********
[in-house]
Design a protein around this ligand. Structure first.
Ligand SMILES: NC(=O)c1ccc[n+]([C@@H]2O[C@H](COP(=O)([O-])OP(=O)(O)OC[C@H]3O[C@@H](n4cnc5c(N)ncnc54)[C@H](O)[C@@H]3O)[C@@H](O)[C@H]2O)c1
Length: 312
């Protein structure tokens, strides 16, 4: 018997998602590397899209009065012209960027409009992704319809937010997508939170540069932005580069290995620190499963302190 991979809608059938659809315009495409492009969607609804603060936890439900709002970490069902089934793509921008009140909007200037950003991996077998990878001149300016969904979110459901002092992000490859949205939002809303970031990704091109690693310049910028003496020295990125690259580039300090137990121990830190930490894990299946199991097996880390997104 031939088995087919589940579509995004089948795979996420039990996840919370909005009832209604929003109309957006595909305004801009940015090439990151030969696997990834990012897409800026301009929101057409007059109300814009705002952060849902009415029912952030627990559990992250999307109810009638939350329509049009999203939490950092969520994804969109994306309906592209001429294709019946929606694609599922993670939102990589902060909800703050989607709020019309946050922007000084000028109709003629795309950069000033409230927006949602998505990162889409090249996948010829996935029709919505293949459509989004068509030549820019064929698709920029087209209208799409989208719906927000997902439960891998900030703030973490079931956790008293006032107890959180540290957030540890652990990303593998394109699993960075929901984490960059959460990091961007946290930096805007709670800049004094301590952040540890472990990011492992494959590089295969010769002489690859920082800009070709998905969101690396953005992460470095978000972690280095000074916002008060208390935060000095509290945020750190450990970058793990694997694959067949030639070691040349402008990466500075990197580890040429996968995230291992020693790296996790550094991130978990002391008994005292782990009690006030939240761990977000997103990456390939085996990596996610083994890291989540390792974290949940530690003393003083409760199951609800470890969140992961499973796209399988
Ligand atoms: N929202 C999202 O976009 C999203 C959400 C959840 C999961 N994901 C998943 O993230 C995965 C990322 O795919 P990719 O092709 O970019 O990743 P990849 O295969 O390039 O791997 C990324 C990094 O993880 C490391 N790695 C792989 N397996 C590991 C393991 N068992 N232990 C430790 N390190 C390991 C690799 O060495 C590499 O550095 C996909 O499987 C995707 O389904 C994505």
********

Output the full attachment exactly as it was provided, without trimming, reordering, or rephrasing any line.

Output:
[in-house]
Design a protein around this ligand. Structure first.
Ligand SMILES: NC(=O)c1ccc[n+]([C@@H]2O[C@H](COP(=O)([O-])OP(=O)(O)OC[C@H]3O[C@@H](n4cnc5c(N)ncnc54)[C@H](O)[C@@H]3O)[C@@H](O)[C@H]2O)c1
Length: 312
């Protein structure tokens, strides 16, 4: 018997998602590397899209009065012209960027409009992704319809937010997508939170540069932005580069290995620190499963302190 991979809608059938659809315009495409492009969607609804603060936890439900709002970490069902089934793509921008009140909007200037950003991996077998990878001149300016969904979110459901002092992000490859949205939002809303970031990704091109690693310049910028003496020295990125690259580039300090137990121990830190930490894990299946199991097996880390997104 031939088995087919589940579509995004089948795979996420039990996840919370909005009832209604929003109309957006595909305004801009940015090439990151030969696997990834990012897409800026301009929101057409007059109300814009705002952060849902009415029912952030627990559990992250999307109810009638939350329509049009999203939490950092969520994804969109994306309906592209001429294709019946929606694609599922993670939102990589902060909800703050989607709020019309946050922007000084000028109709003629795309950069000033409230927006949602998505990162889409090249996948010829996935029709919505293949459509989004068509030549820019064929698709920029087209209208799409989208719906927000997902439960891998900030703030973490079931956790008293006032107890959180540290957030540890652990990303593998394109699993960075929901984490960059959460990091961007946290930096805007709670800049004094301590952040540890472990990011492992494959590089295969010769002489690859920082800009070709998905969101690396953005992460470095978000972690280095000074916002008060208390935060000095509290945020750190450990970058793990694997694959067949030639070691040349402008990466500075990197580890040429996968995230291992020693790296996790550094991130978990002391008994005292782990009690006030939240761990977000997103990456390939085996990596996610083994890291989540390792974290949940530690003393003083409760199951609800470890969140992961499973796209399988
Ligand atoms: N929202 C999202 O976009 C999203 C959400 C959840 C999961 N994901 C998943 O993230 C995965 C990322 O795919 P990719 O092709 O970019 O990743 P990849 O295969 O390039 O791997 C990324 C990094 O993880 C490391 N790695 C792989 N397996 C590991 C393991 N068992 N232990 C430790 N390190 C390991 C690799 O060495 C590499 O550095 C996909 O499987 C995707 O389904 C994505």